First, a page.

Scrap Benefits and pay every adult, working, non working or retired, an unconditional basic income of £15,000 a year? Discuss

(332 Posts)
CorruptBstard Wed 04-Jul-12 15:35:15


Ok Mumsnet, what do you think of this?

Pay every adult in the uk £15,000 a year, with no conditions attached, so that every adult is free to use their time to do stuff, just for the love of it.

This basic income would cover basic needs for food and shelter, if people wanted to earn more money they could go and work for someone else or start a business of their own

This would abolish poverty in one fell swoop.

Wheres the money coming from to pay for it?

well apart from scrapping all "state benefits", we could also scrap income tax and fund it all by taxing money every time its spent.

ie Government gives me £5. I pass that £5 round a group of 10 friends. By the time the £5 comes back to me, it has been "spent" 10 times. Creating a turnover of £50. If the government taxes that spending at 20%, it raises £10 in tax. Making a profit of £5.


If you recieved £15,000 a year unconditionally, what would you do just for the love of it?

It would just cause inflation.

It would be better if everybody got a basic income but had to work to get it, in the community, and they felt they had earned their money, rather than just being given it.

Enough people already think they are entitled to something for nothing in this country. It would only make that worse.

CorruptBstard Wed 04-Jul-12 16:36:57

emmile you make some very very good points thanks

Chubfuddler Wed 04-Jul-12 16:37:55

QE causes inflation. The declared rate of inflation is massaged by not including lots and lots of things in it. If you think giving everyone 15k won't devalue the currency and cause hyper inflation, well. Words fail me really.

CorruptBstard Wed 04-Jul-12 16:38:09


why would "free money" cause rampant inflation whereas working for a basic income wouldnt?

JugglingWithTangentialOranges Wed 04-Jul-12 16:39:07

Sounds great !

If it is green party policy then that's one more reason to vote for them in my book.

I'd still work with children and families to earn more. Might even set up my own business if it wasn't all so incredibly complicated !

Tax credits seem very complicated/ never quite seem to cope with my ever changing work situation (especially over last year) Will have to give them an estimate of how much I've earned this year as I've had 3 jobs. Gets complicated for me and them.

In Qatar the government does something similar to this, but only for Qatari nationals, every Qatari national has a job and a wage paid by the government that is very very substantial.

But that's what the richest country in the world can afford to do with a population of less that 300,000

EmilieFloge Wed 04-Jul-12 16:44:32

What if just housing was free...if everyone could get a council house...I don't know. Or if it was affordable for the majority rather than just those who already receive benefits - people who work above the line should be able to get cheap enough housing too.

That would transform a lot of lives and take away a lot of resentment imo. I feel guilty for getting HB when others have to struggle to pay a mortgage. Really guilty.

AmberLeaf Wed 04-Jul-12 16:46:34

What about people who are carers for a disabled child and so can't due to caring responsibilities do the 'extra' work to increase their income?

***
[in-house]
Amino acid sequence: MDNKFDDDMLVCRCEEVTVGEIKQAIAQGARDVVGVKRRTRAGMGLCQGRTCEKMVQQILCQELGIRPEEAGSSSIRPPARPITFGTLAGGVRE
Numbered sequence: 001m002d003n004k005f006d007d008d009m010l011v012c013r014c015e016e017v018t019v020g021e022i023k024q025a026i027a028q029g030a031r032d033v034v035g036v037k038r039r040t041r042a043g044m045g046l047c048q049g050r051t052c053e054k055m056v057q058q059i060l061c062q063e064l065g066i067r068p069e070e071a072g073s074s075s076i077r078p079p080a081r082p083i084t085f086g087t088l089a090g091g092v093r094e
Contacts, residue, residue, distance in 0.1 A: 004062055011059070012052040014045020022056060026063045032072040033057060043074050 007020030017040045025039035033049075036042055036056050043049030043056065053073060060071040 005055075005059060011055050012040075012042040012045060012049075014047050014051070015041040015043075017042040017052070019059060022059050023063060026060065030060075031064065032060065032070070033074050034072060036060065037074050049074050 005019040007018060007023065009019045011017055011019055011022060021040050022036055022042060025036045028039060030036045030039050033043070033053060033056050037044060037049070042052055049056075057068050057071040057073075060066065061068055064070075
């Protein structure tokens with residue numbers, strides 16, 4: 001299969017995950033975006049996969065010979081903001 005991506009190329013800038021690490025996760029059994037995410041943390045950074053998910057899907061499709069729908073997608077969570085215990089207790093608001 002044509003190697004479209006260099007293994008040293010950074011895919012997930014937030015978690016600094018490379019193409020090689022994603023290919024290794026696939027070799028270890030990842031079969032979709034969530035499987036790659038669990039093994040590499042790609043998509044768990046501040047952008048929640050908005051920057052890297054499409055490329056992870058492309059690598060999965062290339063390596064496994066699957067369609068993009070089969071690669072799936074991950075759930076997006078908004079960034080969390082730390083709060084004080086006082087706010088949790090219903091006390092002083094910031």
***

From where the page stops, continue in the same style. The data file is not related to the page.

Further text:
I'm assuming your scrapping of benefits includes those paid to help with the higher costs of living with a disability?

So you will have groups of people who never have the opportunity to earn more/live more comfortably.

As a single parent of 3 with one disabled child who's care needs prevent me from working I'd be worse off under your proposal.

I can see why it could work for some.

The Qatari government don't just give their employees enough to cover basic living costs, they give them enough to live very well indeed. Of course they ship in cheap labour from India and Asia to do all the dirty work and manual labour in the country.

CorruptBstard Wed 04-Jul-12 16:47:51


VAT works in the same way.

yes money is created out of nothing. thats what "quantative easing" is, thats where the "bank bailout" money comes from, thats how banks create money using "fractional reserve lending"

think about his.

if i could get all the money currently in the world, every single penny and put it in your bank account, and you then lend all that money back to me at an interest rate of 10%. then ask me for the money back. i can give you all the money you lend me, but where do i get the money to pay you the 10% interest you charge?

the money you gave me is all the money there is so i cant pay the interest.

thats what banks do when they lend money at interest, they are asking for money to be paid back that doesnt exist. to remedy this problem they then create it from nothing, and lend it to the debtor, so the debtor can to the interest. they obviously lend that money at interest too.

its genius, and we all fall for it, you gotta hand it to them really ;-)

CorruptBstard Wed 04-Jul-12 16:49:41

chubfudder, so what would happen if we created jobs for everyone and paid them minimum of £15k a year? rampant inflation?

Chubfuddler Wed 04-Jul-12 16:55:49

I actually don't understand a word you are saying. And believe me that's not because I am stupid.

Chubfuddler Wed 04-Jul-12 16:56:25

"vat works in the same way"

No it doesn't.

Chubfuddler Wed 04-Jul-12 16:57:27

You know that whole creating money from nothing nonsense you're banging on about? That's inflation. Right there.

merrymouse Wed 04-Jul-12 17:17:50

Nope, I agree, vat does not work like that. Money is generated by supplying a service or making something out of raw materials that is of greater value than the raw materials and then trading.

merrymouse Wed 04-Jul-12 17:18:56

Passing a fiver around just makes it a bit crumpled and grubby.

MrJudgeyPants Wed 04-Jul-12 17:31:55

I would be broadly supportive of such a system but think that £15k is far too much. Moving away from 'magic money tree' economics, where no taxes need to rise in order to pay for things, what do the numbers show?